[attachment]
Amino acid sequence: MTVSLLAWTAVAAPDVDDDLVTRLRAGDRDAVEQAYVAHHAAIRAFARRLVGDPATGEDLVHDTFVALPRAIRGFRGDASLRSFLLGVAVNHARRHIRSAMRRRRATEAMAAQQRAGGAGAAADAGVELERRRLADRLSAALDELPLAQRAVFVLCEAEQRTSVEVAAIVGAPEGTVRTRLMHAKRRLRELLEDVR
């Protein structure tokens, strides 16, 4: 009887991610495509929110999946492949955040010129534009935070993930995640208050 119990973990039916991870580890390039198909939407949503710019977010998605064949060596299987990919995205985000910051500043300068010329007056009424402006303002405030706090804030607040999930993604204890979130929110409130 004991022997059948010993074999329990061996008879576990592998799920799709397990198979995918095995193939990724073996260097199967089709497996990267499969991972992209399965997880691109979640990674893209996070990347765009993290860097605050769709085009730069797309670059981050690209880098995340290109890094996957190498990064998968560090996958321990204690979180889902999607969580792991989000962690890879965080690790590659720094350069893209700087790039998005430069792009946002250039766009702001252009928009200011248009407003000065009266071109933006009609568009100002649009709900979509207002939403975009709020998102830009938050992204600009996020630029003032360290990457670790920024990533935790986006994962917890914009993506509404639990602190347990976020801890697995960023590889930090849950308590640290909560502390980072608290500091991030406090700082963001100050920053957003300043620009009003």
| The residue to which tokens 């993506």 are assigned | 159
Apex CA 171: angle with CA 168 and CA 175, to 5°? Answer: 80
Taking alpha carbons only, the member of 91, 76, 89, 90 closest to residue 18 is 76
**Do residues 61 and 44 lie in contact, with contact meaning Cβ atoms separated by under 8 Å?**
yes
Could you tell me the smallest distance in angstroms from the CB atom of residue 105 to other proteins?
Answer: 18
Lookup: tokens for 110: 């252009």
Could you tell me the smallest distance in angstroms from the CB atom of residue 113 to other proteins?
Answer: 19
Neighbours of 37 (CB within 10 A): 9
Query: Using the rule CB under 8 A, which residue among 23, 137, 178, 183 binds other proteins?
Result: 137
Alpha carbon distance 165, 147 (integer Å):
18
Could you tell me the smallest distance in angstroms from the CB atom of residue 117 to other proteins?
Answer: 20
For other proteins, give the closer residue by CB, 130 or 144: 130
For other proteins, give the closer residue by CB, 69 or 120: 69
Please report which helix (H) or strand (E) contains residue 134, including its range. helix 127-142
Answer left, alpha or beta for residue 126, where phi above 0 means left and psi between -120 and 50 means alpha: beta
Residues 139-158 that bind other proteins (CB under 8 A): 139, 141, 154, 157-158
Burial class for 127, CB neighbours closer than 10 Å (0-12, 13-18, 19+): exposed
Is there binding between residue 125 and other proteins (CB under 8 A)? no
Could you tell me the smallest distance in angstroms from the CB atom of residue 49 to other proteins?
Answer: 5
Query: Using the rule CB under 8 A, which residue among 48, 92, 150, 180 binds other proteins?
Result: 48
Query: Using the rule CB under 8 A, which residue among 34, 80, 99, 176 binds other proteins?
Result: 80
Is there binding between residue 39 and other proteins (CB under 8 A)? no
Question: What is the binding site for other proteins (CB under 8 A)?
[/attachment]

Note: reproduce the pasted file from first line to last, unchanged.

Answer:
Amino acid sequence: MTVSLLAWTAVAAPDVDDDLVTRLRAGDRDAVEQAYVAHHAAIRAFARRLVGDPATGEDLVHDTFVALPRAIRGFRGDASLRSFLLGVAVNHARRHIRSAMRRRRATEAMAAQQRAGGAGAAADAGVELERRRLADRLSAALDELPLAQRAVFVLCEAEQRTSVEVAAIVGAPEGTVRTRLMHAKRRLRELLEDVR
């Protein structure tokens, strides 16, 4: 009887991610495509929110999946492949955040010129534009935070993930995640208050 119990973990039916991870580890390039198909939407949503710019977010998605064949060596299987990919995205985000910051500043300068010329007056009424402006303002405030706090804030607040999930993604204890979130929110409130 004991022997059948010993074999329990061996008879576990592998799920799709397990198979995918095995193939990724073996260097199967089709497996990267499969991972992209399965997880691109979640990674893209996070990347765009993290860097605050769709085009730069797309670059981050690209880098995340290109890094996957190498990064998968560090996958321990204690979180889902999607969580792991989000962690890879965080690790590659720094350069893209700087790039998005430069792009946002250039766009702001252009928009200011248009407003000065009266071109933006009609568009100002649009709900979509207002939403975009709020998102830009938050992204600009996020630029003032360290990457670790920024990533935790986006994962917890914009993506509404639990602190347990976020801890697995960023590889930090849950308590640290909560502390980072608290500091991030406090700082963001100050920053957003300043620009009003």
| The residue to which tokens 């993506």 are assigned | 159
Apex CA 171: angle with CA 168 and CA 175, to 5°? Answer: 80
Taking alpha carbons only, the member of 91, 76, 89, 90 closest to residue 18 is 76
**Do residues 61 and 44 lie in contact, with contact meaning Cβ atoms separated by under 8 Å?**
yes
Could you tell me the smallest distance in angstroms from the CB atom of residue 105 to other proteins?
Answer: 18
Lookup: tokens for 110: 């252009």
Could you tell me the smallest distance in angstroms from the CB atom of residue 113 to other proteins?
Answer: 19
Neighbours of 37 (CB within 10 A): 9
Query: Using the rule CB under 8 A, which residue among 23, 137, 178, 183 binds other proteins?
Result: 137
Alpha carbon distance 165, 147 (integer Å):
18
Could you tell me the smallest distance in angstroms from the CB atom of residue 117 to other proteins?
Answer: 20
For other proteins, give the closer residue by CB, 130 or 144: 130
For other proteins, give the closer residue by CB, 69 or 120: 69
Please report which helix (H) or strand (E) contains residue 134, including its range. helix 127-142
Answer left, alpha or beta for residue 126, where phi above 0 means left and psi between -120 and 50 means alpha: beta
Residues 139-158 that bind other proteins (CB under 8 A): 139, 141, 154, 157-158
Burial class for 127, CB neighbours closer than 10 Å (0-12, 13-18, 19+): exposed
Is there binding between residue 125 and other proteins (CB under 8 A)? no
Could you tell me the smallest distance in angstroms from the CB atom of residue 49 to other proteins?
Answer: 5
Query: Using the rule CB under 8 A, which residue among 48, 92, 150, 180 binds other proteins?
Result: 48
Query: Using the rule CB under 8 A, which residue among 34, 80, 99, 176 binds other proteins?
Result: 80
Is there binding between residue 39 and other proteins (CB under 8 A)? no
Question: What is the binding site for other proteins (CB under 8 A)?